2.411. arbor erat: remanent vestigia, quaeque vocatur 6.419. moenia Dardanides nuper nova fecerat Ilus 6.420. (Ilus adhuc Asiae dives habebat opes): 6.421. creditur armiferae signum caeleste Minervae 6.422. urbis in Iliacae desiluisse iuga. 6.424. hoc superest illic, Pallada Roma tenet. 6.436. Vesta, quod assiduo lumine cuncta videt, 6.437. heu quantum timuere patres, quo tempore Vesta 6.438. arsit et est tectis obruta paene suis! 6.439. flagrabant sancti sceleratis ignibus ignes, 6.440. mixtaque erat flammae flamma profana piae. 6.441. attonitae flebant demisso crine ministrae: 6.442. abstulerat vires corporis ipse timor, 6.443. provolat in medium, et magna succurrite! voce 6.444. non est auxilium flere Metellus ait. 6.445. ‘pignora virgineis fatalia tollite palmis: 6.446. non ea sunt voto, sed rapienda manu. 6.447. me miserum! dubitatis?’ ait. dubitare videbat 6.448. et pavidas posito procubuisse genu. 6.449. haurit aquas tollensque manus, ignoscite, dixit 6.450. ‘sacra! vir intrabo non adeunda viro. 6.451. si scelus est, in me commissi poena redundet: 6.452. sit capitis damno Roma soluta mei.’ 6.453. dixit et inrupit, factum dea rapta probavit 6.454. pontificisque sui munere tuta fuit. 2.411. There was a tree: traces remain, which is now called 6.419. Ilus, scion of Dardanus, had founded a new city 6.420. (Ilus was still rich, holding the wealth of Asia) 6.421. A sky-born image of armed Minerva was said 6.422. To have fallen on the hillside near to Troy. 6.424. That’s all that’s left there: Rome has the Palladium.) 6.436. Vesta guards it: who sees all things by her unfailing light. 6.437. How worried the Senate was, when Vesta’s temple 6.438. Caught fire: and she was nearly buried by her own roof! 6.439. Holy fires blazed, fed by sinful fires, 6.440. Sacred and profane flames were merged. 6.441. The priestesses with streaming hair, wept in amazement: 6.442. Fear had robbed them of their bodily powers. 6.443. Metellus rushed into their midst, crying in a loud voice: 6.444. ‘Run and help, there’s no use in weeping. 6.445. Seize fate’s pledges in your virgin hands: 6.446. They won’t survive by prayers, but by action. 6.447. Ah me! Do you hesitate?’ he said. He saw them, 6.448. Hesitating, sinking in terror to their knees. 6.449. He took up water, and holding his hands aloft, cried: 6.450. ‘Forgive me, holy relics! A man enters where no man should. 6.451. If it’s wrong, let the punishment fall on me: 6.452. Let my life be the penalty, so Rome is free of harm.’ 6.453. He spoke and entered. The goddess he carried away 6.454. Was saved by her priest’s devotion, and she approved.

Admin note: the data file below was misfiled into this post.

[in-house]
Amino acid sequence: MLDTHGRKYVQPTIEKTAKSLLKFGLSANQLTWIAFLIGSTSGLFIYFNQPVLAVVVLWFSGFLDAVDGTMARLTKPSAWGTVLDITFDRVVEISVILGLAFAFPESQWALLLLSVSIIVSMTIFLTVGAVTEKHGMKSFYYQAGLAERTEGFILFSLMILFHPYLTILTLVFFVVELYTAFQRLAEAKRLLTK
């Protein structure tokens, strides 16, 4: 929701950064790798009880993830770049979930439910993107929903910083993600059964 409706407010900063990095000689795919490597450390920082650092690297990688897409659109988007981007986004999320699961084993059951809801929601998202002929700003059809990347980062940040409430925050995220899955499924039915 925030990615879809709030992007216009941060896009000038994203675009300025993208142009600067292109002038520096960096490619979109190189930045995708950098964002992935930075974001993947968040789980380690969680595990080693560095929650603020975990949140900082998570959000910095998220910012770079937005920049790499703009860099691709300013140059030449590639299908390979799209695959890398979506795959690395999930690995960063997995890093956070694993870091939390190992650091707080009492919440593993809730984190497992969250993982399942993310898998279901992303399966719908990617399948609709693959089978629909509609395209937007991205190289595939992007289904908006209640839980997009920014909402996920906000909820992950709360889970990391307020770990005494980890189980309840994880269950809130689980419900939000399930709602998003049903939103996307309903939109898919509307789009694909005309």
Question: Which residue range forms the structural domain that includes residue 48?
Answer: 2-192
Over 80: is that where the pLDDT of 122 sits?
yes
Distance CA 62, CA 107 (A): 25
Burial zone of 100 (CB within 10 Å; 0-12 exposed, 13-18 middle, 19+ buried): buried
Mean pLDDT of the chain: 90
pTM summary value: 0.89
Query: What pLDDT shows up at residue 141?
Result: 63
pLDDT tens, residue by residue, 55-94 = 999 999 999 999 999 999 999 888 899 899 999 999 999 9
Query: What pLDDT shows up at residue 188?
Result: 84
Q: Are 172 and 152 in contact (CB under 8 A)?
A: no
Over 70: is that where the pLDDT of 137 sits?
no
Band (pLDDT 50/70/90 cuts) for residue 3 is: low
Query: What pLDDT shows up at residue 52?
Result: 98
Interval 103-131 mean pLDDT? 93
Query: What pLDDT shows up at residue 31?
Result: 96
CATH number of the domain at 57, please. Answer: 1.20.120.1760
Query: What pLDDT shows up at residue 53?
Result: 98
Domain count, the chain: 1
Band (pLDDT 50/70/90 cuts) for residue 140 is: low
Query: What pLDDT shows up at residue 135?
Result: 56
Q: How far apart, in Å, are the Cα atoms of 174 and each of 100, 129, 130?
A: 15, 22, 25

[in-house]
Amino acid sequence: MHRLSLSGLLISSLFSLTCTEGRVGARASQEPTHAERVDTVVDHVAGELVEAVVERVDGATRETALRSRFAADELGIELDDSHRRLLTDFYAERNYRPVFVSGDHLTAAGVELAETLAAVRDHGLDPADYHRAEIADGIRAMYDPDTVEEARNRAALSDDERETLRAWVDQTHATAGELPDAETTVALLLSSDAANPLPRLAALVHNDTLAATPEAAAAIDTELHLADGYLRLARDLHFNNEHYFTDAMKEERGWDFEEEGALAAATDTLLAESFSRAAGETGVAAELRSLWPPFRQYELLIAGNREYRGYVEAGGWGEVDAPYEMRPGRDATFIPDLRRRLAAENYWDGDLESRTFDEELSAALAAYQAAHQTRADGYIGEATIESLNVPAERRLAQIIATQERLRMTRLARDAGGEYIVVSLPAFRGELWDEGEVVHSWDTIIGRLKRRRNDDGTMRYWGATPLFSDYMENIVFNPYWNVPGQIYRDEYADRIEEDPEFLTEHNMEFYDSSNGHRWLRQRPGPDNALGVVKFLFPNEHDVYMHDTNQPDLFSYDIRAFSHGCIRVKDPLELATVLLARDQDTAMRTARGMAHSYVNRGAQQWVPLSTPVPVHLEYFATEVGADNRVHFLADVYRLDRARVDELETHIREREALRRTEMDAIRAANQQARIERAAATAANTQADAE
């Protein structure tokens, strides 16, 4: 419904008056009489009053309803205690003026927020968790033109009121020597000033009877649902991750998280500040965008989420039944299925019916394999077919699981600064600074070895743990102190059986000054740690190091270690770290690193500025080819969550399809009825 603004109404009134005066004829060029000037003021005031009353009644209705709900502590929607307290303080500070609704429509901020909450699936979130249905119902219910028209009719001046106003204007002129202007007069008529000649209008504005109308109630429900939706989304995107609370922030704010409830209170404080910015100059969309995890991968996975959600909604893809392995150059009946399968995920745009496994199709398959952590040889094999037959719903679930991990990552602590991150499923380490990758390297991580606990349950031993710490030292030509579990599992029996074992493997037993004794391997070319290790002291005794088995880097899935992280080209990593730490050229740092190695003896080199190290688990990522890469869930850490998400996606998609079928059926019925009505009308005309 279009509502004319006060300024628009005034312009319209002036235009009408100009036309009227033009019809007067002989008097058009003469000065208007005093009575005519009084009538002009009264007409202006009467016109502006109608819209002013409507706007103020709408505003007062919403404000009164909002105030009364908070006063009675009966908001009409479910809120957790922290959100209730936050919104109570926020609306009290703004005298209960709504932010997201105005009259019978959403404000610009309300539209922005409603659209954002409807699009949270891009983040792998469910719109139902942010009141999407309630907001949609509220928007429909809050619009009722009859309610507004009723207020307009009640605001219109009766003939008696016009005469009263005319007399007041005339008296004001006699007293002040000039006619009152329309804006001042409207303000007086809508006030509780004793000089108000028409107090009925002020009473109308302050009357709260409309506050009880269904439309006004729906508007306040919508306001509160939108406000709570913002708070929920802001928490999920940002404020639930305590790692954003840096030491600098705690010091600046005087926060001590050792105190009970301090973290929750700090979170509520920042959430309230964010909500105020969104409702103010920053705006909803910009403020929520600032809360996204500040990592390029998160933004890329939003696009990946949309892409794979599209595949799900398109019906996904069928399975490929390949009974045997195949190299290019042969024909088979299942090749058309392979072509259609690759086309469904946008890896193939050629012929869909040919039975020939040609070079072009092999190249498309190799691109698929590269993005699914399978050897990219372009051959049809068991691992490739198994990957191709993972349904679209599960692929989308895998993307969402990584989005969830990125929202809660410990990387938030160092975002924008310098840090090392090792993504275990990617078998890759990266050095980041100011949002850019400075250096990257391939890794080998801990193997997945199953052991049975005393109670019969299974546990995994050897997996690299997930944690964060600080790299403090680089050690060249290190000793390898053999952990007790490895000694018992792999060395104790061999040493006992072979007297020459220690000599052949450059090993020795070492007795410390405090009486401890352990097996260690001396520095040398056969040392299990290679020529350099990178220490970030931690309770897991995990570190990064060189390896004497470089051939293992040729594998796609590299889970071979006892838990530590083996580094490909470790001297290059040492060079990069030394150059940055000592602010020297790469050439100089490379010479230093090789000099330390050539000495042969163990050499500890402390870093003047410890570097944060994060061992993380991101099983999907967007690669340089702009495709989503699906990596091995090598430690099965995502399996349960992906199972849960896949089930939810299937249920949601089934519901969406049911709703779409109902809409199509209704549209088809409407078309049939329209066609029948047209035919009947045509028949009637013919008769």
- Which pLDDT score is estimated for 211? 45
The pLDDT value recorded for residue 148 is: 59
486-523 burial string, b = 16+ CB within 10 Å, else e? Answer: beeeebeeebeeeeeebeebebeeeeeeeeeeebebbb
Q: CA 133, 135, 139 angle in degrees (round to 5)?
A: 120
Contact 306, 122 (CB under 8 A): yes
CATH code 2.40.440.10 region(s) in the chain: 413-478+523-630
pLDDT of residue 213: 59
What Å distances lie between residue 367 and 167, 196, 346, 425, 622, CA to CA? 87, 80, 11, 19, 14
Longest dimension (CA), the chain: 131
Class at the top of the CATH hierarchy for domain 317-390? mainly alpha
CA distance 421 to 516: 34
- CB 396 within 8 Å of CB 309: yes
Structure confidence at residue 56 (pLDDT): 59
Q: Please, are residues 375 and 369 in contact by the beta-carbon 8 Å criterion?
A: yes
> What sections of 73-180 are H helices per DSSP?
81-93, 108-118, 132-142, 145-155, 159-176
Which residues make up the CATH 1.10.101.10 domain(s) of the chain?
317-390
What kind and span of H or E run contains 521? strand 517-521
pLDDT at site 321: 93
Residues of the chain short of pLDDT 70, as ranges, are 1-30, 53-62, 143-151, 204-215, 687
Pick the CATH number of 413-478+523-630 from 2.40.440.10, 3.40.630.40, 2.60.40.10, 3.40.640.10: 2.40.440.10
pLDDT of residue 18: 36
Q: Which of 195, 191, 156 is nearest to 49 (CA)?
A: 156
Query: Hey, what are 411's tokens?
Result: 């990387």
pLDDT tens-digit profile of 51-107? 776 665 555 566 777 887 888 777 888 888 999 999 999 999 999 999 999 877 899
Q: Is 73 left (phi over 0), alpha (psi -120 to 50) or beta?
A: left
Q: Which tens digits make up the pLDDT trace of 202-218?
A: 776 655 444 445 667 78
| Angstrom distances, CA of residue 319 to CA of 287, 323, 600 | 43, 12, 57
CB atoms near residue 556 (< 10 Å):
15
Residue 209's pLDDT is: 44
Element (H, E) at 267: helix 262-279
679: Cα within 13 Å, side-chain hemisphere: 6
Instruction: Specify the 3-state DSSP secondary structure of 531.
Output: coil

15. Josephus Flavius, Jewish Antiquities, 29.3.2 (1st cent. CE - 1st cent. CE)  Tagged with subjects: •palladium, as talisman Found in books: Rutledge (2012), Ancient Rome as a Museum: Power, Identity, and the Culture of Collecting, 58, 211
16. Plutarch, Lucullus, 39 (1st cent. CE - 2nd cent. CE)  Tagged with subjects: •palladium, as talisman Found in books: Rutledge (2012), Ancient Rome as a Museum: Power, Identity, and the Culture of Collecting, 58